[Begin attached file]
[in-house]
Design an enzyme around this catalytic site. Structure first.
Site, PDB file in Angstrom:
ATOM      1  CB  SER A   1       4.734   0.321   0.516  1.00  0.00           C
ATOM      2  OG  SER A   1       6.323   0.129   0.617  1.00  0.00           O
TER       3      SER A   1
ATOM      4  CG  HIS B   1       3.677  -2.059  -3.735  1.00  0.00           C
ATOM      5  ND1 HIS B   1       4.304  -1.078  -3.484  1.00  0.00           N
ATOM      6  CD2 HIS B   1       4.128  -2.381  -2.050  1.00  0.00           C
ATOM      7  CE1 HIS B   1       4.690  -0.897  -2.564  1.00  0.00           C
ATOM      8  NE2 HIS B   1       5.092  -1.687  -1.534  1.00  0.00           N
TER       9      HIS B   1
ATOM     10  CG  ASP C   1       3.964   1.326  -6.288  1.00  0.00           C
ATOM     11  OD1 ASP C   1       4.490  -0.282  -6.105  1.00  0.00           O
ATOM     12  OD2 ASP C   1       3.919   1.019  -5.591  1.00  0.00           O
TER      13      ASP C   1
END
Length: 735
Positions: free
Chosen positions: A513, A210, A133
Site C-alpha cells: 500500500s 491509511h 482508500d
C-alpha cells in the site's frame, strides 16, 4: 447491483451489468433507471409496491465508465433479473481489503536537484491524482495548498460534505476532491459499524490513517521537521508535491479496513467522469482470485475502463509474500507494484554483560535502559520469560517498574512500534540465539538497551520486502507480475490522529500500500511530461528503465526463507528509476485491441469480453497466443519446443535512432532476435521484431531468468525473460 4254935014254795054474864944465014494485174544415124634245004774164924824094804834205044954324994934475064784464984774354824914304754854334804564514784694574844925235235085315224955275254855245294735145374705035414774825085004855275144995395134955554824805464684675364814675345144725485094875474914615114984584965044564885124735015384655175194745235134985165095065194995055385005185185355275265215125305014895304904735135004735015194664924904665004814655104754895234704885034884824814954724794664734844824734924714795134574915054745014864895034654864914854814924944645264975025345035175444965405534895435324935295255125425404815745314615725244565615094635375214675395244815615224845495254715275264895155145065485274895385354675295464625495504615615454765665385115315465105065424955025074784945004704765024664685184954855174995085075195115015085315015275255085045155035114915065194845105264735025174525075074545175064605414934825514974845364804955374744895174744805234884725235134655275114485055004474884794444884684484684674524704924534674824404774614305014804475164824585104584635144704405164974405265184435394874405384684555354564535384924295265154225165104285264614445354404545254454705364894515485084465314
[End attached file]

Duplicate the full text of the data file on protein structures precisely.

[in-house]
Design an enzyme around this catalytic site. Structure first.
Site, PDB file in Angstrom:
ATOM      1  CB  SER A   1       4.734   0.321   0.516  1.00  0.00           C
ATOM      2  OG  SER A   1       6.323   0.129   0.617  1.00  0.00           O
TER       3      SER A   1
ATOM      4  CG  HIS B   1       3.677  -2.059  -3.735  1.00  0.00           C
ATOM      5  ND1 HIS B   1       4.304  -1.078  -3.484  1.00  0.00           N
ATOM      6  CD2 HIS B   1       4.128  -2.381  -2.050  1.00  0.00           C
ATOM      7  CE1 HIS B   1       4.690  -0.897  -2.564  1.00  0.00           C
ATOM      8  NE2 HIS B   1       5.092  -1.687  -1.534  1.00  0.00           N
TER       9      HIS B   1
ATOM     10  CG  ASP C   1       3.964   1.326  -6.288  1.00  0.00           C
ATOM     11  OD1 ASP C   1       4.490  -0.282  -6.105  1.00  0.00           O
ATOM     12  OD2 ASP C   1       3.919   1.019  -5.591  1.00  0.00           O
TER      13      ASP C   1
END
Length: 735
Positions: free
Chosen positions: A513, A210, A133
Site C-alpha cells: 500500500s 491509511h 482508500d
C-alpha cells in the site's frame, strides 16, 4: 447491483451489468433507471409496491465508465433479473481489503536537484491524482495548498460534505476532491459499524490513517521537521508535491479496513467522469482470485475502463509474500507494484554483560535502559520469560517498574512500534540465539538497551520486502507480475490522529500500500511530461528503465526463507528509476485491441469480453497466443519446443535512432532476435521484431531468468525473460 4254935014254795054474864944465014494485174544415124634245004774164924824094804834205044954324994934475064784464984774354824914304754854334804564514784694574844925235235085315224955275254855245294735145374705035414774825085004855275144995395134955554824805464684675364814675345144725485094875474914615114984584965044564885124735015384655175194745235134985165095065194995055385005185185355275265215125305014895304904735135004735015194664924904665004814655104754895234704885034884824814954724794664734844824734924714795134574915054745014864895034654864914854814924944645264975025345035175444965405534895435324935295255125425404815745314615725244565615094635375214675395244815615224845495254715275264895155145065485274895385354675295464625495504615615454765665385115315465105065424955025074784945004704765024664685184954855174995085075195115015085315015275255085045155035114915065194845105264735025174525075074545175064605414934825514974845364804955374744895174744805234884725235134655275114485055004474884794444884684484684674524704924534674824404774614305014804475164824585104584635144704405164974405265184435394874405384684555354564535384924295265154225165104285264614445354404545254454705364894515485084465314